Flags waved in a crisp breeze under a cloudy sky Tuesday morning as Island veterans marched down Lake Avenue, to the applause of Islanders who lined the street, to Ocean Park for a ceremony that began at the 11th hour, on the 11th day of the 11th month, in commemoration of the time and date of the signing of the Armistice with Germany that ended World War I in 1918.
The marchers included Boy Scouts and Girl Scouts, color guards from Coast Guard Station Menemsha and the Dukes County Sheriff’s Office, Oak Bluffs selectmen, a contingent of first responders from Oak Bluffs and Edgartown, State Police, and a representative from the Martha’s Vineyard Harley Riders. Family members and well-wishers gathered at the start of the short parade route at the head of Oak Bluffs harbor in front of Nancy’s restaurant for the start of the annual Veterans Day parade, one of hundreds of remembrances large and small across the country, to honor those who have served in the U.S. Armed Forces.
At the end the short march, Peter Herrmann, a member of Veterans of Foreign Wars (VFW) Post 9261 and long-time parade organizer and host, called upon Lt. Col. David Berube, USAF, a chaplain in the National Guard Reserves and Oak Bluffs police officer, for an opening prayer.
“As we gather today, we remember our comrades who have been deployed throughout our country and around the world on behalf of our nation and our freedom,” Colonel Berube said. “Give to them and their families a sense of your peace, be with those who are prisoners or missing in action, and be with the families of the fallen, Lord.”
Mr. Herrmann led everyone in the Pledge of Allegiance. Emily Hewson, a freshman at Martha’s Vineyard Regional High School, performed a solo of the National Anthem. Mr. Herrmann noted in his remarks that for the fourth year in a row, Oak Bluffs was designated a regional site for the observance of Veterans Day by the Veterans Day National Committee. He and Dukes County director of veterans services Jo Ann Murphy were responsible for submitting the application that led to Oak Bluffs being selected as one of 67 regional sites this year, and the only one in Massachusetts.
Mr. Herrmann introduced Ms. Murphy and noted her recent selection as the Massachusetts Veteran Service Officer of the Year by state Secretary of Veterans’ Services Coleman Nee, which brought applause from the crowd.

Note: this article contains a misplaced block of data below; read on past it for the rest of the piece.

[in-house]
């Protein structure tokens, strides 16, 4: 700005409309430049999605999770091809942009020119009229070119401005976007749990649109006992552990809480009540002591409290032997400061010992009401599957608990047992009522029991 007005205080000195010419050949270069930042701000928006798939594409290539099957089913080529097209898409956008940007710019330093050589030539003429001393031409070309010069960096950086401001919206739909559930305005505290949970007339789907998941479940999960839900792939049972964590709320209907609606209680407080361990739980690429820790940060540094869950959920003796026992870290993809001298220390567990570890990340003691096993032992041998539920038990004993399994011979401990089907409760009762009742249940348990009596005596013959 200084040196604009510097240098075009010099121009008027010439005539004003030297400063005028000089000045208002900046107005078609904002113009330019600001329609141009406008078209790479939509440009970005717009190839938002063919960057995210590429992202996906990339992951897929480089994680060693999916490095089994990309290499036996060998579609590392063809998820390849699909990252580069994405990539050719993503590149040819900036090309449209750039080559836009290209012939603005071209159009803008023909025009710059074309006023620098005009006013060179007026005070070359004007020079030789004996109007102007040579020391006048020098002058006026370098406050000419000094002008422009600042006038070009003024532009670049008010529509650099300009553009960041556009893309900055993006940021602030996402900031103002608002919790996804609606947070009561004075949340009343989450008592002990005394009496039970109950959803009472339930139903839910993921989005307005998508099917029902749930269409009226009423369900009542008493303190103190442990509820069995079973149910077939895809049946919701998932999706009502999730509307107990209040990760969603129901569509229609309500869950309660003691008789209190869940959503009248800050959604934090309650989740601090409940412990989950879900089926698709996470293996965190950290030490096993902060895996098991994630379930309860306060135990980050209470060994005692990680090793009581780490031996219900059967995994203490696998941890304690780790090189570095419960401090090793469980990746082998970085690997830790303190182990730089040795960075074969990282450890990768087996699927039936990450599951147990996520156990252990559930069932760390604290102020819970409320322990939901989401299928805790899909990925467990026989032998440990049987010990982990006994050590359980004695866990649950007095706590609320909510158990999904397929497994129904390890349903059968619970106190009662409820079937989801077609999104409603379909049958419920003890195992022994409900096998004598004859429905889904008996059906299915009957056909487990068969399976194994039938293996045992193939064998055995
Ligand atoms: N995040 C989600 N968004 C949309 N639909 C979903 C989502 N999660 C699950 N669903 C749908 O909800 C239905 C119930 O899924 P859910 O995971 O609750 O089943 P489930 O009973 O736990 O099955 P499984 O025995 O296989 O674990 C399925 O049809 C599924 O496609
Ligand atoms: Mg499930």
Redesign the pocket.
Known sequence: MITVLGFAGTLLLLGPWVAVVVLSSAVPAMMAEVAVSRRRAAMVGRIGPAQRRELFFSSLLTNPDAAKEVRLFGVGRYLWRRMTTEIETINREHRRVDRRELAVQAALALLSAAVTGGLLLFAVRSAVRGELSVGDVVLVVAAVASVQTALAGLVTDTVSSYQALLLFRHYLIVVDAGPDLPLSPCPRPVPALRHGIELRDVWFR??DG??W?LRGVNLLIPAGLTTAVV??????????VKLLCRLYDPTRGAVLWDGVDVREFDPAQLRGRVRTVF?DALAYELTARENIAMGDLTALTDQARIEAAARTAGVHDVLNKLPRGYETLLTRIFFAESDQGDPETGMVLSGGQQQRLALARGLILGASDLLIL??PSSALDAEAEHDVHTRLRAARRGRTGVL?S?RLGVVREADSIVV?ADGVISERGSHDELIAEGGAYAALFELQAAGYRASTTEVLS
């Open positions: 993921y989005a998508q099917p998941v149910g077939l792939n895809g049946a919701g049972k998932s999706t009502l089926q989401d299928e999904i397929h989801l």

Ms. Murphy read a message from U.S. Secretary of Veterans Affairs Robert A. McDonald sent for inclusion in the ceremony: “On Veterans’ Day, we pause to express our gratitude to those who have served our country, and to remember the sacrifices, large and small, physical and emotional, they have made. These individuals prioritized our country over themselves.
“We must continue to honor and provide them the benefits and services they have earned and deserve, no matter if those who wore a uniform never saw combat or never left U.S. soil. Each one is a veteran, and deserves to be honored, not only on Veterans Day but every day.”
Secretary McDonald also expressed appreciation for the support shown to the Veterans Administration by so many Americans, and offered special thanks to the Oak Bluffs Veterans Day regional site organizers.
“You recognize the bravery veterans have shown, and the many sacrifices they have made,” Mr. McDonald said. “We know we can rely on you to continue being an example of how all Americans should honor those who have defended our everyday freedom.”
Mr. Hermann invited Kristin Pucino-Gibson of Tisbury and her son Aden, 11, to place a wreath in front of the World War I memorial in memory of her cousin, Staff Sergeant (SSG) Matthew A. Pucino.
A member of the U.S. Army Special Forces’ Green Berets, SSG Pucino was killed in action on November 23, 2009, in Pashay Kala, Afghanistan. A gun salute followed the wreath-laying, in honor of soldiers who lost their lives during their service.
The ceremony concluded with “Taps,” played on the trumpet by American Legion Post 257 member Edson Rodgers, followed by a solo of “Amazing Grace” sung by Ms. Hewson.